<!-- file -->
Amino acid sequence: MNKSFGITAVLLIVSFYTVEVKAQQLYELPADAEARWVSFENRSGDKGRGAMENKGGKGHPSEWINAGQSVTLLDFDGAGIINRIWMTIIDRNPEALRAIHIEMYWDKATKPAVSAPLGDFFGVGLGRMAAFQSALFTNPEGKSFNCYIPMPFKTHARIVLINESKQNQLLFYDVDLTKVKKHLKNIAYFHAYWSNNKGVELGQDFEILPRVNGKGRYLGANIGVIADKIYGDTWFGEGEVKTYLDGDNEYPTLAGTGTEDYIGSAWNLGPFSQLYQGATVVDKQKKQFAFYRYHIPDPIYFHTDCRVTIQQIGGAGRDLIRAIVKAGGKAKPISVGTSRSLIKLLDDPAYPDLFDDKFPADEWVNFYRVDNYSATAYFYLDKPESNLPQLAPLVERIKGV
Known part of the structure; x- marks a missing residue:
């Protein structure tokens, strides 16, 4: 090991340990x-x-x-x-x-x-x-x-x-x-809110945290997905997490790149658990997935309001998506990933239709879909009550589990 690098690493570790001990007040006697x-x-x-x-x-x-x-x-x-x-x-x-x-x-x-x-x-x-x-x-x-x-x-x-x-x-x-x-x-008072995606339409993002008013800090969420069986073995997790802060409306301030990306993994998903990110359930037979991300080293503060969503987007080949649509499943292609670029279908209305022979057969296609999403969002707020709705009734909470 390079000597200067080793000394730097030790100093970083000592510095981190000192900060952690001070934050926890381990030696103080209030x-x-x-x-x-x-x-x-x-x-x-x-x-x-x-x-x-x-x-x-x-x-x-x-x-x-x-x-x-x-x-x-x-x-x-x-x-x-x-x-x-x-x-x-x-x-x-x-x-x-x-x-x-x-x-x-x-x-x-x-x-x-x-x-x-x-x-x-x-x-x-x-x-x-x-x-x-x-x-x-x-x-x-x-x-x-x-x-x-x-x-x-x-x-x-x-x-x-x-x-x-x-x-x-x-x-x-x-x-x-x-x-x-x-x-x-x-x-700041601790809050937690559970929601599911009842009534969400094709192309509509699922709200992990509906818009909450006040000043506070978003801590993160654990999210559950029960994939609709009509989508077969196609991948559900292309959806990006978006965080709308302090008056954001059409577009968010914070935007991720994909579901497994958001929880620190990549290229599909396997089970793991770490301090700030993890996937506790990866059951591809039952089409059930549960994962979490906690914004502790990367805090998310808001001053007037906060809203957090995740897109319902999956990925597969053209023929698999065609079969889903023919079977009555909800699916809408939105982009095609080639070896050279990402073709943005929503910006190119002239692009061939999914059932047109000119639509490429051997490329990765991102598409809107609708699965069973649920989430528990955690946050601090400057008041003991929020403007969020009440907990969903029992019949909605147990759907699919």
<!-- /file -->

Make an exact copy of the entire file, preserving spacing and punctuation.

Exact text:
Amino acid sequence: MNKSFGITAVLLIVSFYTVEVKAQQLYELPADAEARWVSFENRSGDKGRGAMENKGGKGHPSEWINAGQSVTLLDFDGAGIINRIWMTIIDRNPEALRAIHIEMYWDKATKPAVSAPLGDFFGVGLGRMAAFQSALFTNPEGKSFNCYIPMPFKTHARIVLINESKQNQLLFYDVDLTKVKKHLKNIAYFHAYWSNNKGVELGQDFEILPRVNGKGRYLGANIGVIADKIYGDTWFGEGEVKTYLDGDNEYPTLAGTGTEDYIGSAWNLGPFSQLYQGATVVDKQKKQFAFYRYHIPDPIYFHTDCRVTIQQIGGAGRDLIRAIVKAGGKAKPISVGTSRSLIKLLDDPAYPDLFDDKFPADEWVNFYRVDNYSATAYFYLDKPESNLPQLAPLVERIKGV
Known part of the structure; x- marks a missing residue:
């Protein structure tokens, strides 16, 4: 090991340990x-x-x-x-x-x-x-x-x-x-809110945290997905997490790149658990997935309001998506990933239709879909009550589990 690098690493570790001990007040006697x-x-x-x-x-x-x-x-x-x-x-x-x-x-x-x-x-x-x-x-x-x-x-x-x-x-x-x-x-008072995606339409993002008013800090969420069986073995997790802060409306301030990306993994998903990110359930037979991300080293503060969503987007080949649509499943292609670029279908209305022979057969296609999403969002707020709705009734909470 390079000597200067080793000394730097030790100093970083000592510095981190000192900060952690001070934050926890381990030696103080209030x-x-x-x-x-x-x-x-x-x-x-x-x-x-x-x-x-x-x-x-x-x-x-x-x-x-x-x-x-x-x-x-x-x-x-x-x-x-x-x-x-x-x-x-x-x-x-x-x-x-x-x-x-x-x-x-x-x-x-x-x-x-x-x-x-x-x-x-x-x-x-x-x-x-x-x-x-x-x-x-x-x-x-x-x-x-x-x-x-x-x-x-x-x-x-x-x-x-x-x-x-x-x-x-x-x-x-x-x-x-x-x-x-x-x-x-x-x-700041601790809050937690559970929601599911009842009534969400094709192309509509699922709200992990509906818009909450006040000043506070978003801590993160654990999210559950029960994939609709009509989508077969196609991948559900292309959806990006978006965080709308302090008056954001059409577009968010914070935007991720994909579901497994958001929880620190990549290229599909396997089970793991770490301090700030993890996937506790990866059951591809039952089409059930549960994962979490906690914004502790990367805090998310808001001053007037906060809203957090995740897109319902999956990925597969053209023929698999065609079969889903023919079977009555909800699916809408939105982009095609080639070896050279990402073709943005929503910006190119002239692009061939999914059932047109000119639509490429051997490329990765991102598409809107609708699965069973649920989430528990955690946050601090400057008041003991929020403007969020009440907990969903029992019949909605147990759907699919």